New Cardinals vice president of player personnel Terry McDonough (left) talks with brother and Phoenix Suns general manager Ryan McDonough (center) and Cardinals general manager Steve Keim during Cards' training camp last August.
During one of his 22 years scouting in the NFL, Terry McDonough had a chance to write a report on a big offensive lineman at North Carolina State named Steve Keim.
In it, one of the phrases McDonough used to describe the future general manager of the Arizona Cardinals was "street fighter."
Thursday, when Keim promoted McDonough to vice president of player personnel – replacing Jason Licht, now the general manager of the Tampa Bay Buccaneers – McDonough couldn't help but remember that as he described how he would mesh with Keim as a man with strong opinions.
"My strength is, I'm a team player but I am also very true to how I feel about evaluations, situations," McDonough said on a conference call from his current home Florida, from where he will soon move. "You're going to get Terry McDonough's opinion. I tell you how I feel."
When McDonough was told Keim often told of butting heads with Licht at times, McDonough said there would be fights again.
But, McDonough added, "he is the only player I ever referred to as a street fighter. I know he walks around Phoenix with a big smile but I watched him play at N.C. State and I promise you one thing: There will be no physical contact between me and him."
Keim wants a right-hand man that won't be a 'yes' man. That's what he had in Licht, and a reason he wanted to move McDonough up. McDonough has a lengthy résumé, including a four-year stint as the director of player personnel for Jacksonville before being hired by Arizona.
McDonough made sense as an in-house candidate, and given the fact Licht figured to be in line to be hired as a GM sooner rather than later, the Cardinals had a good plan in place.
"Last offseason (team president) Michael Bidwill and I talked at length about strengthening our personnel department and implementing a sustainable structure," Keim said. "Terry is a highly regarded talent evaluator and I have the utmost confidence in his opinion. He was a key component to building a Super Bowl roster in Baltimore drafting players like Jonathan Ogden, Ray Lewis, and Ed Reed. His knowledge and experience will be a huge asset in our neverending quest to improve the roster."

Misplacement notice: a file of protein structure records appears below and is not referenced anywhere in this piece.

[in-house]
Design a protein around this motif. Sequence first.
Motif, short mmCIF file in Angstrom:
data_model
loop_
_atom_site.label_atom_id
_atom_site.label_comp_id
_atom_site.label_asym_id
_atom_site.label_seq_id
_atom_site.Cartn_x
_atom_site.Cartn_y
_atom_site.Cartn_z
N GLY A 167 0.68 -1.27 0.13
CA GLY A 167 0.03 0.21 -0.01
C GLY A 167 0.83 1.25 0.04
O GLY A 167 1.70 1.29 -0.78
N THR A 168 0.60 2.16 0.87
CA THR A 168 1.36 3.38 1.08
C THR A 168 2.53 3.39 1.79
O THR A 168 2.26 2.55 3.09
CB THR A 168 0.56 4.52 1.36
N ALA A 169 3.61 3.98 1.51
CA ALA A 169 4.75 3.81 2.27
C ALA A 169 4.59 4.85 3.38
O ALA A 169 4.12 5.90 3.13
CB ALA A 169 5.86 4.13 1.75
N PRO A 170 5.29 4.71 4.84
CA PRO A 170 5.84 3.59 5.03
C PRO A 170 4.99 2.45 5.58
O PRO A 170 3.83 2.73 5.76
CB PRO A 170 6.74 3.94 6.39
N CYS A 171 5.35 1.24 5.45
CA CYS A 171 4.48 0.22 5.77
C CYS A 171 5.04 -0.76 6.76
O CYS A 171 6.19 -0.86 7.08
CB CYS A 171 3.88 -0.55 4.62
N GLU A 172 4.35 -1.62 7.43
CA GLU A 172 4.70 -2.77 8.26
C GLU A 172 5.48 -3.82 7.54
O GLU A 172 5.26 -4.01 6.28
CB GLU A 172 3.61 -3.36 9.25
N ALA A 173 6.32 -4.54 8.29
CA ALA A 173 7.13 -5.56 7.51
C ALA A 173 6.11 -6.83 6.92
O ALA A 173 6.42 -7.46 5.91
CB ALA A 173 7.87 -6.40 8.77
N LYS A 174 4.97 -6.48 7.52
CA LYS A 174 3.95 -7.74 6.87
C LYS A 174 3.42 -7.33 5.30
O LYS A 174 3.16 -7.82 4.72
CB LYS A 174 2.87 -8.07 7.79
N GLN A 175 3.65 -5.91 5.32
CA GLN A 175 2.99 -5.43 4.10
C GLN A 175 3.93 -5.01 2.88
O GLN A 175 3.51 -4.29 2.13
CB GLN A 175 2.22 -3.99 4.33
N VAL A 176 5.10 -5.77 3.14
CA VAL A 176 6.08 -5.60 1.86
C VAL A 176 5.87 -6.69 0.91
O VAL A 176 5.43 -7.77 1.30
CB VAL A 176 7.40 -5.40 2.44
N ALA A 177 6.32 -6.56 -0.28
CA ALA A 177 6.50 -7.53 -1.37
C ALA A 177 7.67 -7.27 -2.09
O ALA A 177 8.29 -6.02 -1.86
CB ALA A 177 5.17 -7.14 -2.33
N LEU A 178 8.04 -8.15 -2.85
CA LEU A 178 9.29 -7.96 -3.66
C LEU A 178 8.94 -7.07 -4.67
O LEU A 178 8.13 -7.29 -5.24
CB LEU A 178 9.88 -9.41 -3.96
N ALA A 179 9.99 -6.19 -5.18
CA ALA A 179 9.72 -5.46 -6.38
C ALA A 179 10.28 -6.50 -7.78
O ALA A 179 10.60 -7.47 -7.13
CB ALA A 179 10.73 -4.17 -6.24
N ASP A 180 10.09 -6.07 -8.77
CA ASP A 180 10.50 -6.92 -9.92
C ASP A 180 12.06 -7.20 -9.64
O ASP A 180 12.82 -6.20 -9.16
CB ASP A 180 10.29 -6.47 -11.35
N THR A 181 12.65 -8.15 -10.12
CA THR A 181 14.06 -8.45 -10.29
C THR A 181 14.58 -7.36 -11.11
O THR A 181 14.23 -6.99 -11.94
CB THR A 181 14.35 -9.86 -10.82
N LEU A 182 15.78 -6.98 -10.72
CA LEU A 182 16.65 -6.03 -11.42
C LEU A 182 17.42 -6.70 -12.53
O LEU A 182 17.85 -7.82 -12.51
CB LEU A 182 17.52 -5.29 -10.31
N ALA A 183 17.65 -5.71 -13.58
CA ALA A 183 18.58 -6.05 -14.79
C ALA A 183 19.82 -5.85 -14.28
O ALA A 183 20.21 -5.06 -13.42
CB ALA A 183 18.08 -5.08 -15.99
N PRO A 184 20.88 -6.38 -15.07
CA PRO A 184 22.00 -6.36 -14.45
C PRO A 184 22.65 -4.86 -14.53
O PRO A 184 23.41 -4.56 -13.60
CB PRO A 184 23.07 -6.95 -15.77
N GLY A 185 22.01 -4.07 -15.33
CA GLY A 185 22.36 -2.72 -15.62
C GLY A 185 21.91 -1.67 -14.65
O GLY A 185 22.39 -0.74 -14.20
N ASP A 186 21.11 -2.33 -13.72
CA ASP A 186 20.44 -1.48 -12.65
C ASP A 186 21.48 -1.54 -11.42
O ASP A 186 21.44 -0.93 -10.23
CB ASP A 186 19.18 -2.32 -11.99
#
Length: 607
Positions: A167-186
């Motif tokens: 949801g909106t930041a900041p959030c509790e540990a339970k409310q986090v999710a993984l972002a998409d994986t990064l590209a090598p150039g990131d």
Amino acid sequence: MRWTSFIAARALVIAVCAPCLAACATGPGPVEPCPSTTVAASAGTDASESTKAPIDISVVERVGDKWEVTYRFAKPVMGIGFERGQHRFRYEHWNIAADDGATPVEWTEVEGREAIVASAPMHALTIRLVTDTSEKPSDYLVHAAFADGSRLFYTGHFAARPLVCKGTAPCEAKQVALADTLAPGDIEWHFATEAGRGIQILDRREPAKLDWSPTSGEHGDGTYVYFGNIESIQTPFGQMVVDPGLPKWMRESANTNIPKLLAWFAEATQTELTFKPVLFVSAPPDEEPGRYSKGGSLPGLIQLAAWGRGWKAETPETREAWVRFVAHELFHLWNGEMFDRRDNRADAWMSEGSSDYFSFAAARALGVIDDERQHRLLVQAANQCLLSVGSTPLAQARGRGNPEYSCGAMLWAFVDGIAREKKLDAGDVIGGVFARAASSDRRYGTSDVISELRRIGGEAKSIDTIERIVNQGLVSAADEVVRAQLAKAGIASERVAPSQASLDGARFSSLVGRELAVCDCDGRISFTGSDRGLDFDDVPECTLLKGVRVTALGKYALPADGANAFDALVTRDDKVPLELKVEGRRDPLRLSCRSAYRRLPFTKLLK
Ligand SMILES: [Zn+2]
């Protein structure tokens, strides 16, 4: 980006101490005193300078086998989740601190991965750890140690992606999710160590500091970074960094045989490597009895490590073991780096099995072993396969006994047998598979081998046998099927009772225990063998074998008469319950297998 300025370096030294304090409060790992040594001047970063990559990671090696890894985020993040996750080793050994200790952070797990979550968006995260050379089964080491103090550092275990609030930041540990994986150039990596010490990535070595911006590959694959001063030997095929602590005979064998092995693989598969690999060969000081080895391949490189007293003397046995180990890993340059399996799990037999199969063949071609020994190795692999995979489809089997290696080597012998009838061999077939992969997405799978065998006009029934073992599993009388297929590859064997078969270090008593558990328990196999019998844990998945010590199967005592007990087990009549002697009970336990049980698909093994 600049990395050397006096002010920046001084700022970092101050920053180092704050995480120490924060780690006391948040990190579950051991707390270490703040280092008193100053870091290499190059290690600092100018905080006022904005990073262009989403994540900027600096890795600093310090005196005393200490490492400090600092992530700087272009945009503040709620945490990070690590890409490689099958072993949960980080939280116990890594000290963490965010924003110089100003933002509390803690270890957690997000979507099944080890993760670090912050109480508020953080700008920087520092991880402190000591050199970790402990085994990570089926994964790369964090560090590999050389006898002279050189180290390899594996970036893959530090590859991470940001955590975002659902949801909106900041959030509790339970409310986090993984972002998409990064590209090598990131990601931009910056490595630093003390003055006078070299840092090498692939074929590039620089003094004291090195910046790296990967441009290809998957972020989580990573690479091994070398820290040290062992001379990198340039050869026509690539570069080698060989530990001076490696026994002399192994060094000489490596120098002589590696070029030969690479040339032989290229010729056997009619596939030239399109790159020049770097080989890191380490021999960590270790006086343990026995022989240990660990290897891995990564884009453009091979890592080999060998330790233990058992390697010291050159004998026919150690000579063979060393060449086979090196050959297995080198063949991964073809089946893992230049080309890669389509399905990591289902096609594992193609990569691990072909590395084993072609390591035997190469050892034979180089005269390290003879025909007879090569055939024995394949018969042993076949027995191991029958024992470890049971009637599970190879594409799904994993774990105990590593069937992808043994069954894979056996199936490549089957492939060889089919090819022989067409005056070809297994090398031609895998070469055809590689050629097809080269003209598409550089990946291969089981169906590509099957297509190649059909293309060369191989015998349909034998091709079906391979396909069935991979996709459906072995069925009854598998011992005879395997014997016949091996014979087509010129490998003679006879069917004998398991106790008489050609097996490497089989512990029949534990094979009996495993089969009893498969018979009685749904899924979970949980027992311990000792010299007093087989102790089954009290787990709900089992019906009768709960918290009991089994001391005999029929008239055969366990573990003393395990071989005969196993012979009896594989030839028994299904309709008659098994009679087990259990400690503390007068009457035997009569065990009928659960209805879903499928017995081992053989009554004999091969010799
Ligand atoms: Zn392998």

McDonough said Keim kept his intentions close to the vest even as Licht was interviewing in Tampa. The call from Keim didn't come until Licht was leaving.
Now he comes to Arizona full-time, looking to work with a front-office staff that had found a good groove with Licht. McDonough awaits clarification from Keim over specific duties, but he said he expects to work hand-in-hand with Keim and have the job be similar to his time as director in Jacksonville.
"Director of player personnel, vice president, you can word it any way you want, usually that role is second-in-command in the personnel department," McDonough said. "We'll hit the ground running."
That will include strong opinions.
"I am not afraid to tell Steve the truth based on how I see it," McDonough said. "A lot of times, people, when they work with someone, might be a little hesitant to say how they really feel because they want to go along with the bosses. I think that's a natural thing for a lot of human beings, but that's not who I am."
Prior to being hired by the Cardinals as the Eastern regional scout, McDonough had spent 10 years with the Jacksonville Jaguars, including those four seasons in the front office. He began his work in the NFL as a scouting intern with the 49ers in 1989, and has worked in the World League of American Football along with stints with the Cleveland Browns and, when that franchise moved to Baltimore, the Ravens.
McDonough was part of the Ravens' staff when they won the Super Bowl following the 2000 season.
The Boston native is the brother of Phoenix Suns general manager Ryan McDonough and ESPN baseball announcer Sean McDonough and the son of the late Boston Globe NFL writer/NBC reporter Will McDonough.
Also Thursday, Licht was introduced to the Tampa Bay media. Licht, who also worked with the Patriots and Eagles, called the vice president job he left with the Cardinals "the favorite job I've had in my career."
"That experience was probably one of the best experiences I could have had to put me in this (Tampa GM) role today, working for Steve Keim," Licht said.